New Poe Book Announcements (works and graphic novels)
- a free service for
authors/illustrators/poets to advertise their Poe-related works.
Edgar Allan Poe's Tales of Death and Dementia
VE Publishing Group
Edgar Allan Poe und König Ludwig II:
Anatomie einer Geistesfreundschaft
Edgar Allan Poe und König Ludwig II: Anatomie
Do you know that the world-famous King Ludwig II. of Bavaria
(the crazy king) who built the castle of Neuschwanstein was one
of Poe´s biggest fans? He wanted to give up his throne in
exchange for a meeting with Poe. The king´s artistic imagination
was strongly influenced by Poe´s ideas. These are througly
covered in the book by Alfons Schweiggert.
March 30, 2008
The Journal of Julius Rodman
Press presents the first mainstream edition of 'The Journal
of Julius Rodman' by Edgar Allan Poe published in its beautiful
signature classic format, illustrated with photographs by Edward
About the book:
'The Journal of Julius Rodman' is a fictionalised account of the
first travels across the Western Wilderness, over the barrier of
the Rocky Mountains. This extraordinary journal details events
of the most surprising nature, and recounts "the unparalleled
vicissitudes and adventures experienced by a handful of men in a
country which, until then, had never been explored by 'civilised
man'." The first six installments of this novel were published in
the Burton’s Gentleman’s Magazine in 1839-40, when the author
was a contributing editor of the journal. When Poe left his job
in June 1840, he refused to continue the novel. Extracts of
Poe’s work infamously appeared in 1839 Congress papers citing
his account of the first passage across the Rockies by
‘civilised man’ as authentic. Proving to be one of Poe’s more
elaborate hoaxes, this reaction illuminates the extent to which
his literary realism and acute attention to detail strikes a
convincing background to the hero’s travels.
In 1849, in an
eerie Baltimore hospital, a man lies dying...or does he? The man
is Edgar Allan Poe, who fakes his own death in order to escape
the Irish Mob. Meanwhile, the English novelist Charles Dickens
finds that his reading tour of America isn't as warmly received
as he'd hoped. Soon he finds himself sharing disreputable
quarters -- and swapping story ideas -- with none other than
Edgar Allan Poe.
From the author of the acclaimed historical thriller White Stone
Day comes another brilliantly inventive tale in which crime and
literature intersect in surprising ways.
JOHN MACLACHLAN GRAY
is a writer, composer, and playwright whose work has received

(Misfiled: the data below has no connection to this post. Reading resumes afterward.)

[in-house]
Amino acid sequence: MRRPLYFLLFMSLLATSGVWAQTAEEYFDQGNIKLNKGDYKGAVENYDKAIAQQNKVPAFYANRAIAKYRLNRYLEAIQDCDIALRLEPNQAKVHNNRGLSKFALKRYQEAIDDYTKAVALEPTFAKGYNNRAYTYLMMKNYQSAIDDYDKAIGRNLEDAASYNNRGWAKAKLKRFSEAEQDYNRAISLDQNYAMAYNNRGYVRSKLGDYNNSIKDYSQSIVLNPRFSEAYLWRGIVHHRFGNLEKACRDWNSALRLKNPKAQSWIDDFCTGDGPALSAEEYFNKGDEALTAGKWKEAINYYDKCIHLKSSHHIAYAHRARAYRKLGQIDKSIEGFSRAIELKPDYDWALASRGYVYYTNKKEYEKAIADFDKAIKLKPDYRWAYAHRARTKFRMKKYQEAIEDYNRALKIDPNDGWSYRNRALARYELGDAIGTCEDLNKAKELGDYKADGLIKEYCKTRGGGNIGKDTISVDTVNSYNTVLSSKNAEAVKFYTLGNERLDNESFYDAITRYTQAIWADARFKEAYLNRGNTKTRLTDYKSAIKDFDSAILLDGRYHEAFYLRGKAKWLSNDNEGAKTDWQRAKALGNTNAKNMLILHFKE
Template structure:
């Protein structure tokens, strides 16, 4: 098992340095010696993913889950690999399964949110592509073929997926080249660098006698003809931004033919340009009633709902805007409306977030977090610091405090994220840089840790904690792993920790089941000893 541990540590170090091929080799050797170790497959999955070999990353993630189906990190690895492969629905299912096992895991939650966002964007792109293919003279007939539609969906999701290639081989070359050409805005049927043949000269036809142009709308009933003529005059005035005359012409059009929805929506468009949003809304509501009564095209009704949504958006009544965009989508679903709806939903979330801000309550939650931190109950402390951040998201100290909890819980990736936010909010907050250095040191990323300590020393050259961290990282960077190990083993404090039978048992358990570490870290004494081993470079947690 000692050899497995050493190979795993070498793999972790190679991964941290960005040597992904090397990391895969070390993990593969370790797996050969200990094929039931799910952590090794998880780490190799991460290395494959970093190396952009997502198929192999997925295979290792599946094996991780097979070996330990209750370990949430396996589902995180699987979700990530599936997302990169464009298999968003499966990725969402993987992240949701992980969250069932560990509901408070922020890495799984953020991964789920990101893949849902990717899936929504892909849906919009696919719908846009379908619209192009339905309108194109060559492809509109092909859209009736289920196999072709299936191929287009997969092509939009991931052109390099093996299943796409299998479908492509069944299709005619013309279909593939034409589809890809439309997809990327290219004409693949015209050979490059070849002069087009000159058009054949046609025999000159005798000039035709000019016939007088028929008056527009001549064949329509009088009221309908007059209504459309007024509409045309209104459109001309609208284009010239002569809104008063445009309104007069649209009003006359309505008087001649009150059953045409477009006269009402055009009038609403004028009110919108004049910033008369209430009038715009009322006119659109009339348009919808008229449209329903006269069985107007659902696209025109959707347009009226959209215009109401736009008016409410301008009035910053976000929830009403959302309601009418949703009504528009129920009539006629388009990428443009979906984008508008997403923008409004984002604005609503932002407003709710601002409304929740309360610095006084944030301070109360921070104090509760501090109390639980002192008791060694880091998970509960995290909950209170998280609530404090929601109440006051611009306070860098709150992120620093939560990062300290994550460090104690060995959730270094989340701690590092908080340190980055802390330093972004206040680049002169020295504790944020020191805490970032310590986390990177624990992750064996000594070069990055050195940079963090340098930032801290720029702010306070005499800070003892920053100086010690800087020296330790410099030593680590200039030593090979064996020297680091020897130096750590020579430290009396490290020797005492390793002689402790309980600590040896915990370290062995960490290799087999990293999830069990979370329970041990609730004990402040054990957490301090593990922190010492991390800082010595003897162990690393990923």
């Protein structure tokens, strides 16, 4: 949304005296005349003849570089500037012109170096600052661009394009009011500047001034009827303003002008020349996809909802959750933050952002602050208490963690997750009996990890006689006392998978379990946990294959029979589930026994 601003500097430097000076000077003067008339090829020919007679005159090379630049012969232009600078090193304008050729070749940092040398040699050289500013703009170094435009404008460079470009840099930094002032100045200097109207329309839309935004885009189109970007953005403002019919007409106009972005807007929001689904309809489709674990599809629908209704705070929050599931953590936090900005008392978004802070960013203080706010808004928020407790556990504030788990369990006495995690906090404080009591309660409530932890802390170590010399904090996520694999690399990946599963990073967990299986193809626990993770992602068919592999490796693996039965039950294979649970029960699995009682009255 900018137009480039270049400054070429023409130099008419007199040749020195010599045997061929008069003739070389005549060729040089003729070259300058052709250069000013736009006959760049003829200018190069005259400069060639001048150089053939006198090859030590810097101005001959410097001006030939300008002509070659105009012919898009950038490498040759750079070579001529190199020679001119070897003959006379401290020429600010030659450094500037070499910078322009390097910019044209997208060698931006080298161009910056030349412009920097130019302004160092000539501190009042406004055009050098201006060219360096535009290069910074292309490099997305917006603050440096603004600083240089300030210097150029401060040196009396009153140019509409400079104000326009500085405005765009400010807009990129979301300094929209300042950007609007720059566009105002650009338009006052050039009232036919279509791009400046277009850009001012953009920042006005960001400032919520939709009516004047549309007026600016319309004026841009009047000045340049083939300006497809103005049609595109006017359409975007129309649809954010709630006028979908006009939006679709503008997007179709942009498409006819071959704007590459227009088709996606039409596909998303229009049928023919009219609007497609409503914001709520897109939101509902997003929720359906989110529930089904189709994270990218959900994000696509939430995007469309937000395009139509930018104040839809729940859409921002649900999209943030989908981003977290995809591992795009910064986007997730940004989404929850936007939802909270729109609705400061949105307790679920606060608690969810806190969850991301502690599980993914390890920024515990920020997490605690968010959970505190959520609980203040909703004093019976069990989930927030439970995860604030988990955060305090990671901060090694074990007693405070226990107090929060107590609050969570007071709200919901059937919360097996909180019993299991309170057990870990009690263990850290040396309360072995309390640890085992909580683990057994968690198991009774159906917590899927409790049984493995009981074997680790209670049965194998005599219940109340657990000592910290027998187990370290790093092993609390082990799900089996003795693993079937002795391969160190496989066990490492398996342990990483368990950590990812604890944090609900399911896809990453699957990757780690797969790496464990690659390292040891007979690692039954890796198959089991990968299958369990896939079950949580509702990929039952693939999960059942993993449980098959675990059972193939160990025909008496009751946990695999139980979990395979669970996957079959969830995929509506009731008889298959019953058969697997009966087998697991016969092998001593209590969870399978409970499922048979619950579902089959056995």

the Governor General's Medal and the Los Angeles Critics Circle
Award. He lives in Vancouver.
John MacLachlan Gray’s
stage musicals include Billy Bishop Goes to War
(Governor-General’s Medal; produced on Broadway); Rock and
Roll (made into a feature-length video entitled The King
of Friday Night, 4 international awards), 18 Wheels;
Don Messer's Jubilee; Health; Amelia, and The Tree, The
Tower, The Flood.
(Beale) Treasure At Red Knee
by Kenneth Andrew Bauman
"In National (Beale) Treasure…At Red Knee, Kenneth Andrew
Bauman leads his readers on a “history highway,” leading to a
suspected national treasure hidden originally by Captain John
MacPherson and Benjamin Franklin in Philadelphia, Pennsylvania.
“Literary steganography,” or secret writing, is introduced
involved research project that identifies a hidden Edgar Allan
Poe missive and solution to two mysteries: the Beale Papers
treasure location (not in the Virginia hills) and the suggestion
that Francis Bacon authored the sonnets attributed to
Shakespeare, as they contain hidden “literary steganography”
Kenneth Andrew Bauman’s National (Beale) Treasure…At Red Knee
contains exhaustive research on the complexity of cryptograms /
steganograms and reveals explosive historical national secrets
that, deemed credible, will turn history around. The poetry
contained in National (Beale) Treasure…At Red Knee will soothe
"National (Beale) Treasure....At Red Knee" solves the
Beale Papers mystery which was a suspected production by E.A.
Poe. The book also identifies an American National Treasure and
who might have had a hand in Poe's murder.
"Leaves of Lavendered Lily" is another book by the same
author about secret writing in "The Gold Bug" by Edgar Allan
Both books can be ordered (when available) by
www.rosedogbookstore.com or by calling 1-800-834-1803.
A Prophet's Burden : The Raven
by Ryan Tilley
"A Prophet's Burden: The Raven Returns" is a 211 page
paperback which features a prequel and a sequel to "The Raven,"